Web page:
Paul Volpe [00:35:04] Well, you know, the- We now had an understanding, a recognition that planning had to be a precedent to revitalization. You got to think big. You got to be organized. You got to be strategic. If we’re going to get investment dollars, we have to enlarge our arsenal so that it’s not just goodwill and/or response to issues or problems. I mean, when this organization was founded 25 years ago, you know, you know, the essential strategies were to, you know, paint, paint light poles and clean up dirty property and, you know, the traditional stuff, you know, and now we’re into three or four generations beyond that. We needed a strategic vision, and I believe it was back in 1997, we decided to do a comprehensive plan for Midtown, which a piece of it is hanging on the wall behind you. And we got together as a community and as a development corporation and decided to do what we did on Prospect Avenue in the entire- In the entire neighborhood. I won’t go into all the, you know, the intricacies of it, other than it was, in my opinion, you know, a superior piece of work that we did. And it- We’ve updated it twice since then, which you need to do. And it’s become more than just a guide. It’s become a regulating device, a catalytic device, which is what a great plan should do. It led to zoning, the rezoning of Euclid Avenue. We have very aggressive, unprecedented zoning on Euclid Avenue. We have what we call the mixed use district zoning. Never been written before. Cleveland never had a provision for that, and we’re making it work. It is one of the stimuli to generate real transit oriented development along the Silver Line. Without the zoning, forget it. Wouldn’t happen. People could do anything they wanted to with their property. I’d rather wait ten years for something good to come along than to have something, you know, second-rate occur like we’ve had prior to the zoning. You can draw anything you want on a piece of paper, create glorious plans, beautiful visions like that. That’s a drawing that my firm did for our technology district. You can draw all that, but it ain’t gonna happen unless you’ve got the will, the policy, the strategy, and the staying power to see it through. That’s what this organization has done and is doing now. So that vision has led to some very powerful investments in the neighborhood. We have what we call Upper and Lower Euclid, and Lower Euclid, which is where my office is at, I’m at 36th and Euclid Avenue, has seen tremendous reinvestment. We call it our sort of downtown area. The American Red Cross building was built. We built. We renovated our old warehouse into our new office building. We built a new office building next to that. Lots of infill construction. We’re filling in all the gaps on the street, and we’re not finished. We have a lot of stuff that’s left to be done. The Northeast Ohio Regional Sewer District built their office building there and just a whole variety of other things. Now we’re focusing on Upper Euclid Avenue between East 55th and East 79th, which is Prospect Avenue, what Prospect Avenue was, times ten, vacant lots, vacant buildings, so on and so forth. We just met on Saturday, and we have a special subcommittee working on it. And we reviewed planning proposals that I put together, and we’re all enthusiastically moving toward implementation. And think of it this way, we’ve created a much larger context to think about the neighborhood, which is what the city of Cleveland needs to do, in my opinion. We tend not to think outward enough. We lament our problems and don’t focus on the opportunity so we can position ourselves. It’s like, I guess, playing to win, if you will. You’ve got to understand, you know, the team you’re playing or the competition, to use a sports analogy. In this particular case, if you look at what’s happened over the last 20 years, you know, in the context that we’ve been talking and that I’ve been working in Cleveland, we’ve turned our downtown around and it’s on a corner. We have, we have over 2,000 new housing units, condominiums that are planned downtown. I’m working on the Avenue District, Wolstein’s working on the Flats. Price is working on the west bank of the Flats. There’s 6, 7, 8, 9 other individual projects going on. The Warehouse District has got more initiatives. I mean, it’s great. I mean, we have the potential to hit 30,000 residents in downtown, literally 30,000 residents in the next ten years if we can continue to reposition ourselves and we can have some breaks in terms of the economy. University Circle, similarly, is on an upswing. There’s real attention being paid. There’s planning going on. There’s three or four or five wonderful initiatives taking place, from the arts and entertainment district to the Upper Chester neighborhood. There’s new jobs being created at the Clinic with the Heart center, the Urology Center, University Hospitals with the West Quad at Case. So imagine these two hubs, you know, that are sort of complete places, you know, moving forward in the next ten years. They got to, I mean, they can’t wait any longer. They have to happen. We have to make them happen. And then think that there’s, I don’t know, what, 4 miles, 5 miles between downtown and University circle, and a third of that is taken up by the Cleveland Clinic. And the rest of it is essentially Midtown. The different quadrants of midtown, upper and lower Midtown. Imagine if we can position ourselves to respond to that, and we’ve got this public transit, transit line riding in between. What does it suggest? I mean, to us, it suggests that Midtown is a fabulous place to provide the support services, some of the housing, particularly the neighborhood based, more affordable housing, because most of the stuff happening on the ends is, is higher end and or specialty housing, like student housing. It’s a great place for corporate investment, for technology type investment. We’ve got the land, we’ve got the infrastructure, we’ve got a smart street, we’ve already got a business base in the community. It’s a natural place for that to occur. If it doesn’t occur here, it’s gonna continue to occur in Beachwood and Independence, in Westlake, it’s going to continue to occur in those places in Solon, God forbid out in Streetsboro. So, you know, I think there’s a fantastic, phenomenal, roughly ten-year window of time where this whole corridor reemerges. And with it comes Cleveland. That’s tremendously optimistic [laughs], but I believe it’s possible. I believe we’ve done enough and we’ve got enough in place that if the community wills it, the political support is there, which I don’t know if it is, we can do phenomenal things. And all of that is why I’ve always been so supportive of the Euclid Corridor Project. As disruptive as it is, as unnecessary as some people say it is, I’m absolutely convinced that it is the right thing to do. And if we hold up our end of the bargain, RTA and FTA did their job. If we hold up our end of the bargain in the city, if we hold up our end of the bargain, we’ll see some substantial development occur in this four-mile stretch.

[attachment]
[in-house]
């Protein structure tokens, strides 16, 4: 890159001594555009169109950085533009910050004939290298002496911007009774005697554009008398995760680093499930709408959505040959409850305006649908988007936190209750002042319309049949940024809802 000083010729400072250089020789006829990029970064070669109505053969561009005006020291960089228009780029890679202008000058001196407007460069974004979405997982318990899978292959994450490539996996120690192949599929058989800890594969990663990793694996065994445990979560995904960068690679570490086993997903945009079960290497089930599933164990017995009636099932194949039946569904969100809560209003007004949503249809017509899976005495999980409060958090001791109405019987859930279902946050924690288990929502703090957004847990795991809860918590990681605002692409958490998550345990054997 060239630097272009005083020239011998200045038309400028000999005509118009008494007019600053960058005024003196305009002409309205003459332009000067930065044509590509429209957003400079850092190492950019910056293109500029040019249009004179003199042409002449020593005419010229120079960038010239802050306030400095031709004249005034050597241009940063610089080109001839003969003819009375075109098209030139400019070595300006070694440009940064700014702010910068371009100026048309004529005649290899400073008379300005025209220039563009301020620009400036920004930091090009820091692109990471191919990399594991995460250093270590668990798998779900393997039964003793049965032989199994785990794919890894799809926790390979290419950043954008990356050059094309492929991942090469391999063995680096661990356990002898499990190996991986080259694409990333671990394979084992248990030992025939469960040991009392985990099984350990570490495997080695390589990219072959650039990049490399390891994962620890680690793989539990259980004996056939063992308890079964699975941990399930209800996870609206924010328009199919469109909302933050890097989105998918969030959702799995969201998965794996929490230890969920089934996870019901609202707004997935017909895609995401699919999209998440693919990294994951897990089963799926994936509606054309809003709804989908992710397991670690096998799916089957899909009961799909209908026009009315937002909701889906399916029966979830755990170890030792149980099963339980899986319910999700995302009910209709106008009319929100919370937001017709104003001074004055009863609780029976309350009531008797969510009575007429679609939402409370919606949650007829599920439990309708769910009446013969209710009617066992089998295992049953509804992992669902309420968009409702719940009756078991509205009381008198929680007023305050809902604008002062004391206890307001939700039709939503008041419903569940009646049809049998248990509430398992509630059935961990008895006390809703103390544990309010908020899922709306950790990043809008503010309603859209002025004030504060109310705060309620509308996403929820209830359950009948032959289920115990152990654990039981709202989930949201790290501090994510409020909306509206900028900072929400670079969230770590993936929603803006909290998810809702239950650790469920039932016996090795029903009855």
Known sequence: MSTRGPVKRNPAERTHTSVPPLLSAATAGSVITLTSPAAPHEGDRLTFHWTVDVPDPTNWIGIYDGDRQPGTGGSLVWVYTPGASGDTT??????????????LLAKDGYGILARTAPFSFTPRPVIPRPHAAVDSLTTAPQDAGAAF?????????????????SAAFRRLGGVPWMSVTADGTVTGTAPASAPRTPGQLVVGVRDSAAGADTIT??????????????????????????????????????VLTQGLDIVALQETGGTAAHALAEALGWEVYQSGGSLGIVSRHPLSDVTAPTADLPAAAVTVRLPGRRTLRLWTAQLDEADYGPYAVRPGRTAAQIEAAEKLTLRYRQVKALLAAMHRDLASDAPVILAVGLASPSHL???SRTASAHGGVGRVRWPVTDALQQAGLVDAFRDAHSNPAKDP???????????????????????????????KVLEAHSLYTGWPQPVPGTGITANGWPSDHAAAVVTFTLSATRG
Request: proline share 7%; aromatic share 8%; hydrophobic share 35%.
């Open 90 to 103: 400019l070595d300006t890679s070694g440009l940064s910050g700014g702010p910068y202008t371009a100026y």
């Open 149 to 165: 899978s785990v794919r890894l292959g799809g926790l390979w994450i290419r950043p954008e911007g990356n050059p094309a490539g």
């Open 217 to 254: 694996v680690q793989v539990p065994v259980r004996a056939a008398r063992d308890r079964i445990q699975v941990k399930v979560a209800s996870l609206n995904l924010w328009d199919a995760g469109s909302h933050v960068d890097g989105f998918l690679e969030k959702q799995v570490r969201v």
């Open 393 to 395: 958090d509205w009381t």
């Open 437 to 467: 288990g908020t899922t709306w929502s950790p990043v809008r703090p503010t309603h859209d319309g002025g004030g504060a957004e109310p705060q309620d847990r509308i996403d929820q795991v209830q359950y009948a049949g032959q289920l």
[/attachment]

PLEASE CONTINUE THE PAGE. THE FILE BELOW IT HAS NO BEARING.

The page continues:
Mark Souther [00:44:03] Let me ask you a little bit broader question. How do you engage people who may pass by the buildings you create? What are some of the design features that you would point to as being most important in terms of creating the look and the feel, the environment that suggests that Cleveland is on its way back?